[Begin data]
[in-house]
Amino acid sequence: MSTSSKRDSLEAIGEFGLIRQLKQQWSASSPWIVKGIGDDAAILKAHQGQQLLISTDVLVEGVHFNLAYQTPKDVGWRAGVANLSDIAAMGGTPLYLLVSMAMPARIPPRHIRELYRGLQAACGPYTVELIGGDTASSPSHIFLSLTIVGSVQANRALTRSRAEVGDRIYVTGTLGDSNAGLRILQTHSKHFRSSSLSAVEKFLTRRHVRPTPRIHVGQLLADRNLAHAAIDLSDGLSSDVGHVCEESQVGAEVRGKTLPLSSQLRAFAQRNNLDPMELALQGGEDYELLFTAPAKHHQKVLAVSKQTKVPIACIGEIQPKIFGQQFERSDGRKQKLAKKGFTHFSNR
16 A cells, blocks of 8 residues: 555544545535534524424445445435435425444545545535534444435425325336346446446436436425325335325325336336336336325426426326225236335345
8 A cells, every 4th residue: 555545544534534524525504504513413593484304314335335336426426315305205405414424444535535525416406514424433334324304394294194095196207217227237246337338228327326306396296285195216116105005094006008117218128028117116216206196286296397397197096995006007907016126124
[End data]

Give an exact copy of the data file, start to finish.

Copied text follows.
[in-house]
Amino acid sequence: MSTSSKRDSLEAIGEFGLIRQLKQQWSASSPWIVKGIGDDAAILKAHQGQQLLISTDVLVEGVHFNLAYQTPKDVGWRAGVANLSDIAAMGGTPLYLLVSMAMPARIPPRHIRELYRGLQAACGPYTVELIGGDTASSPSHIFLSLTIVGSVQANRALTRSRAEVGDRIYVTGTLGDSNAGLRILQTHSKHFRSSSLSAVEKFLTRRHVRPTPRIHVGQLLADRNLAHAAIDLSDGLSSDVGHVCEESQVGAEVRGKTLPLSSQLRAFAQRNNLDPMELALQGGEDYELLFTAPAKHHQKVLAVSKQTKVPIACIGEIQPKIFGQQFERSDGRKQKLAKKGFTHFSNR
16 A cells, blocks of 8 residues: 555544545535534524424445445435435425444545545535534444435425325336346446446436436425325335325325336336336336325426426326225236335345
8 A cells, every 4th residue: 555545544534534524525504504513413593484304314335335336426426315305205405414424444535535525416406514424433334324304394294194095196207217227237246337338228327326306396296285195216116105005094006008117218128028117116216206196286296397397197096995006007907016126124